The Truffle Hunters Movie Review

“The Truffle Hunters” is a heartfelt documentary about a group of elderly men in Italy who hunt for the rare Alba truffle. Any of these men would be great at a party after hunting these mushrooms. After all he is such a ‘fungi’ (fun guy)…

 

This really is a beautifully scenic view of a little piece of the world still set in traditions and old-fashioned ways. This documentary follows a very small group of much older men (mostly ages 70 and above) who search for truffles. In the mountainous region of Piedmont, Italy — they go forth with specially trained dogs. These little groups hunt for a rare delicacy called the Alba mushroom truffle.

 

The ‘Star Trek’ version of this documentary: “The Trouble with Truffles”…

 

There is not much explained by this movie, except seeing the bits and pieces of this little slice of a bygone life. Each group, the man and his dogs, goes out each day (and sometimes at night) to dig up these small pieces of culinary gold. There are many wonderful shots of the forest locations. Each man has his own little special spot, where truffles can be found. These are men who do not farm and do not ranch. They don’t cultivate and do not raise livestock. They only have one goal – locate and bring back as many truffles as can be found.

 

If you sat on one on of these special mushrooms, would it hurt? Yes, because ‘Truffles have Ridges’…

 

There are little glimpses of the ‘industry’ that surrounds the market of the mushroom. The buyers and sellers of these unique truffles have gotten into calm and steady rhythm. The movie does not identify most of they people by name, but by the conversations you get to know most of the hunters. Each one has a fascinating back-story and lifestyle. However, not much of it display here. There is a scene of a wild ‘Truffle Auction’ and you can get an idea of how the buyers try to haggle the price down when they deal with the hunters.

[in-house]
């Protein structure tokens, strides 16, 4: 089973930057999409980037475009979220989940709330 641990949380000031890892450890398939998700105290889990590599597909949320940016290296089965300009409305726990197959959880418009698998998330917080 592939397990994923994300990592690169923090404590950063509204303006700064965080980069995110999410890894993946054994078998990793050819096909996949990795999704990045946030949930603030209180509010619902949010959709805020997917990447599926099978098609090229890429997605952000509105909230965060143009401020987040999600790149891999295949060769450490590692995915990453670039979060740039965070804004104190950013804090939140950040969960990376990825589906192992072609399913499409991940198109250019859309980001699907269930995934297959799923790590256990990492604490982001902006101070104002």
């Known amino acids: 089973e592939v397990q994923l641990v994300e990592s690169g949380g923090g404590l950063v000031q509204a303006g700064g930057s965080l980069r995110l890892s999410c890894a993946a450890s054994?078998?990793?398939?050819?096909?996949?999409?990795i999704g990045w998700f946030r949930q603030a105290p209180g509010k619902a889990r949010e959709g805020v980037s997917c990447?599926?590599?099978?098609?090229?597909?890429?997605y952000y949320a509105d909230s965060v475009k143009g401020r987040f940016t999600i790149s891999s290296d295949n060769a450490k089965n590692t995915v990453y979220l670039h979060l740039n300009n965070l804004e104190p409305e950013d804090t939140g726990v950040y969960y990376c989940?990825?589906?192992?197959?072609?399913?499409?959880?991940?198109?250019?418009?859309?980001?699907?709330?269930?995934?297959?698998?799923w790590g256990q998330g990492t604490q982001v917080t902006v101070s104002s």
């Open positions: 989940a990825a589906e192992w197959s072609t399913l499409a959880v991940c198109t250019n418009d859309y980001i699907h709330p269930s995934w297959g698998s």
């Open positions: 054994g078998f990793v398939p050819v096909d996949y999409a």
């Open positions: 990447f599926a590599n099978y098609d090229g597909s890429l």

If Steve Irwin was still alive and he moved from Australia to Northern Italy, he could be the “Truffle-dile Hunter”…

 

The real stars of this documentary are the dogs that these men have trained to sniff out the underground treasures. Each man treats his dog(s) as if they are part of the family. In most cases, they are. Many of these men are well into retirement age, but they only know this life. This is the life that suits them. Some trips are not worth the time, and other trips they can strike a rich vein of truffle gold. But all the while, they are never alone — their dogs are business partners, as well as friends.

 

All jokes aside, this is a gorgeous movie in the way it is shot and the way that the special characteristics of each of the hunters is displayed. They are a singular group of men in this village, and it shows that they are very secretive about their special hunting grounds. The movie does not get too deep into the reasons why this truffle is so renowned. It is just a given that chefs from around the world crave this unusual fungus.

 

Directors Michael Dweck and Gregory Kershaw have created an oil painting come to life. They have found one of most singular jobs in the world, and made these elderly men the showcase for what “off the grid” must be like. There is not the normal style of a typical documentary, where people and places are named and categorized.  Instead, it moves and flows like a lazy river, echoing the lifestyles of the subjects.

 

“The Truffle Hunters”, as a documentary, might be a bit like the subject of this hunt. It could be an acquired taste. But if you enjoy seeing the beauty of nature, and the strong bonds between these men and the dogs who allow them to make their living – it will be a scrumptious feast indeed.

 

 

The Truffle Hunters

 

Directed by: Michael Dweck, Gregory Kershaw
Music by: Ed Côrtes
Edited by: Charlotte Munch Bengtsen
Distributed by: Sony Pictures Classics
Release date: March 5, 2021
Length: 84 minutes
MPAA rating: PG-13 for some strong language
Genre: Documentary

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Rating

tmc.io contributor: JMcNaughton

Well, now - COVID changes everything... But in my dreams:

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